NEW YORK — The recent sentencing in Spain of an Argentine former navy commander, Adolfo Scilingo, to 640 years in prison for crimes against humanity will have groundbreaking consequences for the trial of those guilty of similar crimes worldwide. As a result of this trial, crimes committed in Chile, Guatemala and Rwanda are already making their way to Spanish courts.

Scilingo’s revelations of murder and torture committed by the Argentine military, as revealed by journalist Horacio Verbitsky at the beginning of 1995, sent chills down the backs of human rights activists worldwide. It is believed that around 30,000 Argentines “disappeared” between 1976 and 1983, victims of repression unleashed by the military.

Scilingo’s recent trial in Spain — the first of its kind under Spanish legislation allowing that nation’s courts to rule on nondomestic cases of crimes against humanity — is a significant affirmation of the principle of universal jurisdiction over those heinous crimes. The Spanish court sentence confirms that national borders do not prevent the prosecution of those guilty of crimes against humanity.

This is the same principle under which the U.S. Center for Constitutional Rights in New York filed a complaint with the Federal German Prosecutor’s office against U.S. Defense Secretary Donald Rumsfeld and nine other defendants. They are accused of war crimes and torture in connection with abuses of detainees at Iraq’s Abu Ghraib prison.

According to Wolfgang Kaleck, a German lawyer representing the Coalition against Impunity, this action is being taken because “it is clear that the U.S. system of justice is not interested in investigating high ranking civilians or military officers.”

At his Spanish trial, Scilingo told jurors how hundreds of political prisoners, mockingly called “comida para los pescados” (“fish food”) by their captors, were thrown alive but unconscious out of planes into the sea during Argentina’s reign of terror.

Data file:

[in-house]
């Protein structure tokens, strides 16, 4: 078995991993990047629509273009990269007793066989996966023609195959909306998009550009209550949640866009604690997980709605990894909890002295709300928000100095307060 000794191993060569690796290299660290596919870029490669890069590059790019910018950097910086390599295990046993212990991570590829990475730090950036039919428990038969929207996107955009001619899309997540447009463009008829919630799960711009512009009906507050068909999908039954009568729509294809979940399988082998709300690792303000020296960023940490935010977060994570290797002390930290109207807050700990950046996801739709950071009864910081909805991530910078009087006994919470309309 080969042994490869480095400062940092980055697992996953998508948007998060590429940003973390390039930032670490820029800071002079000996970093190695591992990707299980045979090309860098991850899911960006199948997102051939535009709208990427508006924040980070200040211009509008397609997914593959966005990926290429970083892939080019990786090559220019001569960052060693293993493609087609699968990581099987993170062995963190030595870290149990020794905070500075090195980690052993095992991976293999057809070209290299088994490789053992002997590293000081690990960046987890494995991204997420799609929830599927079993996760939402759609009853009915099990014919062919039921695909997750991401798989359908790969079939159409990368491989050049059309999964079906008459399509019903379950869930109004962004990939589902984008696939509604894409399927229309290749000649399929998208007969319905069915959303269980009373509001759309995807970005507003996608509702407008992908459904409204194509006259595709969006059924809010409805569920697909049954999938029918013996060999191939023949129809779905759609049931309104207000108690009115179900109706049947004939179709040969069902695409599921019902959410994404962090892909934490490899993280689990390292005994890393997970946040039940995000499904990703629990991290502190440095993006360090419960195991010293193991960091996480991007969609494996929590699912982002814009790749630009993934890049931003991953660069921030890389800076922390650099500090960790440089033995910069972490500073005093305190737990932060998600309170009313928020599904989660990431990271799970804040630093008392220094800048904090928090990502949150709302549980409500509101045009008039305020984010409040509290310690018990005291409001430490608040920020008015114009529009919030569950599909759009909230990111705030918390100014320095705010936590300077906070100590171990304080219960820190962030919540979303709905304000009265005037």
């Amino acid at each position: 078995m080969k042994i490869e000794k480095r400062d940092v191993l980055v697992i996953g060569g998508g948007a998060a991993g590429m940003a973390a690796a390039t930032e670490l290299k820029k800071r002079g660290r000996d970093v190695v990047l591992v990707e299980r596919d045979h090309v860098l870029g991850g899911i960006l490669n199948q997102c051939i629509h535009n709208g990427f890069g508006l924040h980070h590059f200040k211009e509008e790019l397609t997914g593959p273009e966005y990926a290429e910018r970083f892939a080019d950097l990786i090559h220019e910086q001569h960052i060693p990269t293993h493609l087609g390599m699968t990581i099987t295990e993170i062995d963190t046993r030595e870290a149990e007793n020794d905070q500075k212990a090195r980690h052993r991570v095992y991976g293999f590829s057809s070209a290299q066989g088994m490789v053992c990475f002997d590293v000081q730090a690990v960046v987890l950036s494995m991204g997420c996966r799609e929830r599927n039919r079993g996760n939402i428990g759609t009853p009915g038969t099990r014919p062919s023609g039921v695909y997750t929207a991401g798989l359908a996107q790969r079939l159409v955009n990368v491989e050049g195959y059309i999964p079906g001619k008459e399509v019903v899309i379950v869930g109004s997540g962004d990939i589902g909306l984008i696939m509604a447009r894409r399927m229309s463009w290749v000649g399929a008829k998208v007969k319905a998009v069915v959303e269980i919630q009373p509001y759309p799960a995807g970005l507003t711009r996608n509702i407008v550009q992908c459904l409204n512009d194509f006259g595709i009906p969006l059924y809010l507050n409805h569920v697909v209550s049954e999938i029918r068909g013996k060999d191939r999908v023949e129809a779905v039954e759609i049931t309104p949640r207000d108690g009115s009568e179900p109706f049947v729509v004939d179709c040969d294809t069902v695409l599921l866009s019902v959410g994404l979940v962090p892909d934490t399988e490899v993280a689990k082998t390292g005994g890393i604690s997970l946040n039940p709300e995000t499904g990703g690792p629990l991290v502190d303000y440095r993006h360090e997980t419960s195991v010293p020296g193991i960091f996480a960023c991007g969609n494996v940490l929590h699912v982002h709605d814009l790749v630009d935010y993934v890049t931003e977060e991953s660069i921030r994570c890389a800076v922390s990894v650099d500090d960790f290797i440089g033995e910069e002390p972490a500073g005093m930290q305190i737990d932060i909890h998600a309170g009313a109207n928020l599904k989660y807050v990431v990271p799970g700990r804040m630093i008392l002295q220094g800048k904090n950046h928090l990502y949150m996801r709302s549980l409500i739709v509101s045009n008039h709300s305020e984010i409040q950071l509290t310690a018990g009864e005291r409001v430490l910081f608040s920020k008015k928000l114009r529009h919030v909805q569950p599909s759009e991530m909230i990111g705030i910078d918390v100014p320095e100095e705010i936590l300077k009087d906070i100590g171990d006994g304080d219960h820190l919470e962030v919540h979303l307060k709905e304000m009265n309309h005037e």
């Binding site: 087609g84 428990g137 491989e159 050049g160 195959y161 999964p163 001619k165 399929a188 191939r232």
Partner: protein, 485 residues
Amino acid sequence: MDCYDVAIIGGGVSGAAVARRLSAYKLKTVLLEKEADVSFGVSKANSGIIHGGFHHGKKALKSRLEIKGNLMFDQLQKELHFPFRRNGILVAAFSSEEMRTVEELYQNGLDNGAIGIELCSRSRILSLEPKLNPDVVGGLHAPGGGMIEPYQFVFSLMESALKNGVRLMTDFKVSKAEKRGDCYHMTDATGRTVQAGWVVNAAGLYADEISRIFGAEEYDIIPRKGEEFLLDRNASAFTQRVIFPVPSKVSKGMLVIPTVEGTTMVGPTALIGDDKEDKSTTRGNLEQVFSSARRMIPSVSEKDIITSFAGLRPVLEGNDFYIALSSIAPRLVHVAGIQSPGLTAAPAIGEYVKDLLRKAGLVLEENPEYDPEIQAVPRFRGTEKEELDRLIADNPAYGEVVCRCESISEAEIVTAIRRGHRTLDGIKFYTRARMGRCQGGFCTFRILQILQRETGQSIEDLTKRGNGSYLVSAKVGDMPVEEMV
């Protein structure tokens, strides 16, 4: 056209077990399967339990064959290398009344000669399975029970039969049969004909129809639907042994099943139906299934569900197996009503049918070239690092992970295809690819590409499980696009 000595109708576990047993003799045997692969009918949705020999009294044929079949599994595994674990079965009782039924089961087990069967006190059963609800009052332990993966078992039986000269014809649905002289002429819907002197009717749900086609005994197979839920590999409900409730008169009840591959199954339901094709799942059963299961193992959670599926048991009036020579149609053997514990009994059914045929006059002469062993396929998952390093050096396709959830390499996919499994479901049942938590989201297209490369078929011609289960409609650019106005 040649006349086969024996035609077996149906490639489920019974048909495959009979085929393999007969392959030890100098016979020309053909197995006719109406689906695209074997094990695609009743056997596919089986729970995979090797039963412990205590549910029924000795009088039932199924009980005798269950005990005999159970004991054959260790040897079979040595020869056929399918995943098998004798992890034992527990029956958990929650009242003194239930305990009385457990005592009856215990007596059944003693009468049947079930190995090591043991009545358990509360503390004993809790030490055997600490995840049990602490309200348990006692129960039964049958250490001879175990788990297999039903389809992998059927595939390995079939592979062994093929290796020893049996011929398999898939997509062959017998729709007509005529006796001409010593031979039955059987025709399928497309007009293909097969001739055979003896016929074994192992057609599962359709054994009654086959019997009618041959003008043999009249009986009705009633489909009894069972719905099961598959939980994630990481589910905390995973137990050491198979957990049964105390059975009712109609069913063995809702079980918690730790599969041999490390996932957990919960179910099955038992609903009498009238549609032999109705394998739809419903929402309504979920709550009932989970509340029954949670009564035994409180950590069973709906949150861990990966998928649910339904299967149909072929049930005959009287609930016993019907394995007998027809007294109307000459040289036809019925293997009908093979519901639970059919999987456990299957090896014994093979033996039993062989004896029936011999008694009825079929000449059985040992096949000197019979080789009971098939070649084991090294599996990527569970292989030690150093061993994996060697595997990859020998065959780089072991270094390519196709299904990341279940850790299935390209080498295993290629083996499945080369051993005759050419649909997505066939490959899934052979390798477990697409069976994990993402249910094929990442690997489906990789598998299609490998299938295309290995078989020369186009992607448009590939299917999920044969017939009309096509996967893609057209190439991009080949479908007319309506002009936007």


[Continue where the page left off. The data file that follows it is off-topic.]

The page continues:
Scilingo’s testimony to Verbitsky was later corroborated by other officers, among them Victor Armando Ibanez, a sergeant in the Argentine Army during what the military rulers called the “dirty war.” Although Scilingo now denies his personal involvement in those horrific actions, that doesn’t diminish the seriousness of those crimes.

Scilingo’s revelations brought to light the complicity of military physicians, whose role was to administer a sedative to prisoners to make them unconscious before they were thrown out naked from the planes into the ocean. After fulfilling their tasks, the physicians returned to the pilot’s cabin to avoid seeing what happened to the prisoners.

The events in Argentina mirror actions taken by the Chilean military against the opposition, as described by Andres Antonio Valenzuela Morales, who was the first defector from Pinochet’s secret services. According to Valenzuela Morales, between 10 and 15 people at a time were taken into military helicopters and thrown into the Pacific Ocean, their stomachs slit open so that the corpses wouldn’t float.

Scilingo and Ibanez’s statements were followed by an unprecedented “mea culpa” by the heads of the Argentine Army, Navy and Air Force, accepting responsibility for their actions against their opponents while they were in power. Last November, Chilean Army Commander in Chief Gen. Juan Emilio Cheyre, assumed “institutional responsibility” for the human rights abuses during Pinochet’s dictatorship.

In Argentina, the Catholic Church also underwent a process of revision because of the participation of navy chaplains in the process. Scilingo indicated that navy chaplains, while consulted on how “to dispose” of prisoners, comforted the officers involved in those gruesome murders. He was so disturbed after his first “death flight’ that he consulted with a navy chaplain. “He told me that it was a Christian death because they did not suffer, that it was necessary to eliminate them,” Scilingo declared later.

Following Scilingo’s revelations, Jorge Novak, a bishop of Quilmes, an industrial area in Buenos Aires province, declared that “we in the Catholic Church should admit our lack of sensitivity, our cowardice, our omissions and our complicity.”

Scilingo’s trial further highlights how torture can affect all sectors of a society. If physicians and members of the Catholic Church can become willing participants in torture, it means that torture not only debases those who conduct it but also corrupts the society in which those crimes are perpetrated.

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